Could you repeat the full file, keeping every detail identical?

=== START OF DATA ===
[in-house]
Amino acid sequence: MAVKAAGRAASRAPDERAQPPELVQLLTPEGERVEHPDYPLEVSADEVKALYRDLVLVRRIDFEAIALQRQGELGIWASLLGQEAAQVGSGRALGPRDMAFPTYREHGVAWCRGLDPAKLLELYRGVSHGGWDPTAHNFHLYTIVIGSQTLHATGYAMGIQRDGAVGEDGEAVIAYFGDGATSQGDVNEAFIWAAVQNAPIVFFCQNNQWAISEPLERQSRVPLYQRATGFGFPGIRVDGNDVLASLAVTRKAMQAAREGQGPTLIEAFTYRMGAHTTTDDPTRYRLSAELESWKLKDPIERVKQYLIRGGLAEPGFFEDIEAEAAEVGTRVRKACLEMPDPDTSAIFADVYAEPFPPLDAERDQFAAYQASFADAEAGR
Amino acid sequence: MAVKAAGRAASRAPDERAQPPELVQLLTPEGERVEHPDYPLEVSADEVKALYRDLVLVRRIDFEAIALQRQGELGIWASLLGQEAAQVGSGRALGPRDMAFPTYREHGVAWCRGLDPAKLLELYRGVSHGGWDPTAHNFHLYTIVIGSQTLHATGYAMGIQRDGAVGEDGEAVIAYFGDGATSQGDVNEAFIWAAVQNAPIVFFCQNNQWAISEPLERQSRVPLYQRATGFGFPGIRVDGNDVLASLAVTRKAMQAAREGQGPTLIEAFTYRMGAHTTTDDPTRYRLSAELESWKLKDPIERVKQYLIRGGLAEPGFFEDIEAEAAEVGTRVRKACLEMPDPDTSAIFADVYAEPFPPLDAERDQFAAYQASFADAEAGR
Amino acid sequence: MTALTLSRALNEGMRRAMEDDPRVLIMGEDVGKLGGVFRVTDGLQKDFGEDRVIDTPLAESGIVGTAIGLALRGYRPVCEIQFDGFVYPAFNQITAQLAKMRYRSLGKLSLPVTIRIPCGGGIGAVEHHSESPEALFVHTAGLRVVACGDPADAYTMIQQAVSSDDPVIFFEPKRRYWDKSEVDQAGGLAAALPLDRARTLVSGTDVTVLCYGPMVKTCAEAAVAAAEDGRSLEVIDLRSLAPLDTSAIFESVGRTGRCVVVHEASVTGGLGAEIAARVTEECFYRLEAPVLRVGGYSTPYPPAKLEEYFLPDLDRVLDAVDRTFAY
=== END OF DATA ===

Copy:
[in-house]
Amino acid sequence: MAVKAAGRAASRAPDERAQPPELVQLLTPEGERVEHPDYPLEVSADEVKALYRDLVLVRRIDFEAIALQRQGELGIWASLLGQEAAQVGSGRALGPRDMAFPTYREHGVAWCRGLDPAKLLELYRGVSHGGWDPTAHNFHLYTIVIGSQTLHATGYAMGIQRDGAVGEDGEAVIAYFGDGATSQGDVNEAFIWAAVQNAPIVFFCQNNQWAISEPLERQSRVPLYQRATGFGFPGIRVDGNDVLASLAVTRKAMQAAREGQGPTLIEAFTYRMGAHTTTDDPTRYRLSAELESWKLKDPIERVKQYLIRGGLAEPGFFEDIEAEAAEVGTRVRKACLEMPDPDTSAIFADVYAEPFPPLDAERDQFAAYQASFADAEAGR
Amino acid sequence: MAVKAAGRAASRAPDERAQPPELVQLLTPEGERVEHPDYPLEVSADEVKALYRDLVLVRRIDFEAIALQRQGELGIWASLLGQEAAQVGSGRALGPRDMAFPTYREHGVAWCRGLDPAKLLELYRGVSHGGWDPTAHNFHLYTIVIGSQTLHATGYAMGIQRDGAVGEDGEAVIAYFGDGATSQGDVNEAFIWAAVQNAPIVFFCQNNQWAISEPLERQSRVPLYQRATGFGFPGIRVDGNDVLASLAVTRKAMQAAREGQGPTLIEAFTYRMGAHTTTDDPTRYRLSAELESWKLKDPIERVKQYLIRGGLAEPGFFEDIEAEAAEVGTRVRKACLEMPDPDTSAIFADVYAEPFPPLDAERDQFAAYQASFADAEAGR
Amino acid sequence: MTALTLSRALNEGMRRAMEDDPRVLIMGEDVGKLGGVFRVTDGLQKDFGEDRVIDTPLAESGIVGTAIGLALRGYRPVCEIQFDGFVYPAFNQITAQLAKMRYRSLGKLSLPVTIRIPCGGGIGAVEHHSESPEALFVHTAGLRVVACGDPADAYTMIQQAVSSDDPVIFFEPKRRYWDKSEVDQAGGLAAALPLDRARTLVSGTDVTVLCYGPMVKTCAEAAVAAAEDGRSLEVIDLRSLAPLDTSAIFESVGRTGRCVVVHEASVTGGLGAEIAARVTEECFYRLEAPVLRVGGYSTPYPPAKLEEYFLPDLDRVLDAVDRTFAY